2018 Oscar Animation Predictions
A new year is upon us, which means Oscar nomination announcements are just around the corner. Like most years, I only pay attention to the animated feature and short categories, so today I'll weigh in with my meaningless predictions.
The feature category seems fairly straightforward, with maybe a few uncertainties.. but looking at the usual patterns, and the acclaim and award buzz these films are generating, it seems likely we'll get the following:
The Incredibles 2
Isle of Dogs
Ralph Breaks the Internet
Spider-Man: Into the Spiderverse
At least one slot usually goes to an international piece, and no foreign film this year has been praised as much as Mamoru Hosoda's wonderfully mesmerizing and deeply touching film 'Mirai.' Do check it out if you are able - it's maybe my favorite animated film of 2018 (a very close second going to Milorad Krstic's 'Ruben Brandt: Collector,' but that's a whole other blog post).
The short category is usually fairly diverse, and much harder to predict. Luckily, I've seen all ten films that have been shortlisted (some might still be available to watch here), so here are my quick thoughts on each, and which 5 of the 10 will see a nomination.
Age of Sail - The simplicity of the story itself is pretty solid as the relationship drama unfolds, though it doesn't pack as much of an emotional gut punch as some of the other entries. Google Spotlight Stories, who produced the film was previously nominated in 2016 with 'Pearl,' and director John Kahrs previously won in 2012 with Disney's 'Paperman.'
Animal Behaviour - Directors Alison Snowden and David Fine previously won back in '94 with Bob's Birthday (later spawning the series 'Bob & Margaret'). It's a nice satire on social norms, and quite funny, but is perhaps too dialogue heavy, and not as visually immersive for the medium as I was hoping for.
Bao - A wonderful and culturally diverse entry from Pixar, and the first of their shorts to be directed by a woman - Domee Shi. Very heartwarming and hilarious all at the same time.
Bilby - Another funny and heartwarming story. It's heavily reliant on visuals and slapstick, and though the premise is light and simple, it seemed reminiscent of the whole 'Mindy and Buttons' routine of a hapless protector in constant peril (but a bit more appreciated in this instance). Wonderfully made, but nothing we haven't seen before.
Bird Karma - A very simple premise and a surprise ending, but the traditional hand-drawn style, while flawless and beautiful, comes across as overly-animated and over-produced. I can appreciate mastery of the form when it comes to drawing, but when every last detail is on display, sometimes it's hard to tell if the main attraction is the animation itself or just the animators.
Grandpa Walrus - Probably the most narratively ambitious of the ten. Wonderfully hand-drawn 2D style, and a nice little oddball story and characters that win you over. It's a bit longer than most of these entries, though it keeps you invested enough you don't really feel the length.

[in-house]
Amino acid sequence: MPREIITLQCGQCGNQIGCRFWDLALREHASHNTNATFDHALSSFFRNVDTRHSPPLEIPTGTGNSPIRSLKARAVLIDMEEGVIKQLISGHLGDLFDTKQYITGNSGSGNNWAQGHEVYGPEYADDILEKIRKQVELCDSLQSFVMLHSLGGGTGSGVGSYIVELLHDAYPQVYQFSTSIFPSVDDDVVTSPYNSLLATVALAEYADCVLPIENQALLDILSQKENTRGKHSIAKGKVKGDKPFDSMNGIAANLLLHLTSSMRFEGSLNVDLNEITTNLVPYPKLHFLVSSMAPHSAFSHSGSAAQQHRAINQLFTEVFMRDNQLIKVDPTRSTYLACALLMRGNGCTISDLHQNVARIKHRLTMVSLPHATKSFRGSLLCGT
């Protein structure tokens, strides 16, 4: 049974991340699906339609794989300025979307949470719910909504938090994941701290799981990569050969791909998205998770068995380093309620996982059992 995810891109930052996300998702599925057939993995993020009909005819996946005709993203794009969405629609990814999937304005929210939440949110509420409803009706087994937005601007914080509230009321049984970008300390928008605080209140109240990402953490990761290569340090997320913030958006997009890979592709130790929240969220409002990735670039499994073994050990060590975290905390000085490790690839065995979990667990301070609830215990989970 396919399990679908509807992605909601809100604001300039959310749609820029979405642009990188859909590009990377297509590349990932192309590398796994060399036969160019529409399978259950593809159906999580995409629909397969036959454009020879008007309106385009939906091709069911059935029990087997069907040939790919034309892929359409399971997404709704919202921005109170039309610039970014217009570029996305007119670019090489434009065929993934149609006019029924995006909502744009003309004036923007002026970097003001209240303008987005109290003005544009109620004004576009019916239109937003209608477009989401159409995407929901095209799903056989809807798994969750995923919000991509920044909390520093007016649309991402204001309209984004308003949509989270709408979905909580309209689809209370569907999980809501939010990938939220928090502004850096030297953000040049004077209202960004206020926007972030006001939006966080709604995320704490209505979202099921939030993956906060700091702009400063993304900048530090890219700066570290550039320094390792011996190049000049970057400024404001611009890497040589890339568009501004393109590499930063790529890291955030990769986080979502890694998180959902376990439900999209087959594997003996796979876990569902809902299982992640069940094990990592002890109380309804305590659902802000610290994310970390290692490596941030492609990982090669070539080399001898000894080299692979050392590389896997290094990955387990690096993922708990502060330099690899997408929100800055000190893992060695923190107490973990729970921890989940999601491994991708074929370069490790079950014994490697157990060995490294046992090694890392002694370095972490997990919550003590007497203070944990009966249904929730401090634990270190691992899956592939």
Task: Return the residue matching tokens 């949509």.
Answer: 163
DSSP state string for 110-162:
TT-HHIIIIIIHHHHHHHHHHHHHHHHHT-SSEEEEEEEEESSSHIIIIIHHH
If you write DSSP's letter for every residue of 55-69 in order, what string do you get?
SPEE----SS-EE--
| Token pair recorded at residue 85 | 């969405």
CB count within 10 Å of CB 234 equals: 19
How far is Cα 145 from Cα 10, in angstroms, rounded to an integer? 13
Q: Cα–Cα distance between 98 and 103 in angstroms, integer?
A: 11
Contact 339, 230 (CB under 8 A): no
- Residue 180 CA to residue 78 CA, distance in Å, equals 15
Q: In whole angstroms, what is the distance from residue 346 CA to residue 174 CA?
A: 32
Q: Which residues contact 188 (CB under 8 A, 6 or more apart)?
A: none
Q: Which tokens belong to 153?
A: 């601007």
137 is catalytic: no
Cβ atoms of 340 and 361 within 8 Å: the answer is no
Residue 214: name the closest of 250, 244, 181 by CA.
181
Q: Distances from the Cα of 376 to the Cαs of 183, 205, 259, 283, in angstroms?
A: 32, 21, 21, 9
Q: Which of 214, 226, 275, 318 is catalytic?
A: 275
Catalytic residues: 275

Late Afternoon - Surprisingly light-hearted and uplifting, as it tackles some rather complex subject matter. A superb use of the art form and how animation can visually transport us across moments in time, and through a whole range of an emotional spectrum. Another gem from Cartoon Saloon.
Lost & Found - Hands down my absolute favorite of the ten, and the one I'll surely be rooting for. Unparalleled stop-motion, adorable characters, and an emotional roller coaster unlike anything else. True artistry at play here.
One Small Step - Another emotional roller coaster of a film, simple and well-developed characterization, with an inspiring story and visuals. A great first entry from new studio Taiko.
Weekends - Beautiful hand-drawn 2D style, and based on a personal story. I can appreciate the more dream-like moments in this simple, yet also complex story, but it's the longest of the ten, with very methodical pacing, so the story lingers on probably a bit more than it needs to.
My five nomination predictions:
Age of Sail
Lost & Found
For Age of Sail and Weekends, their stories and premises are very award-friendly, plus Weekends has been a solid contender at other festivals. Bao was a huge hit, and with Pixar's long reach, it will certainly be nominated. Later Afternoon was also a big awards contender, and should be a good bet, based on Cartoon Saloon's track record. Finally, based on personal bias alone, I'll throw the fifth slot to Lost & Found. Maybe the Academy will have the same profound experience I had seeing it for the first time. It's also the only stop-motion entry of the ten, so if they wanted to diversify in terms of style, there's your answer.
Let's check back next week, where we can see how right or wrong I was! And visit the link above to see them yourself (at least those that are still posted), and draw your own conclusion!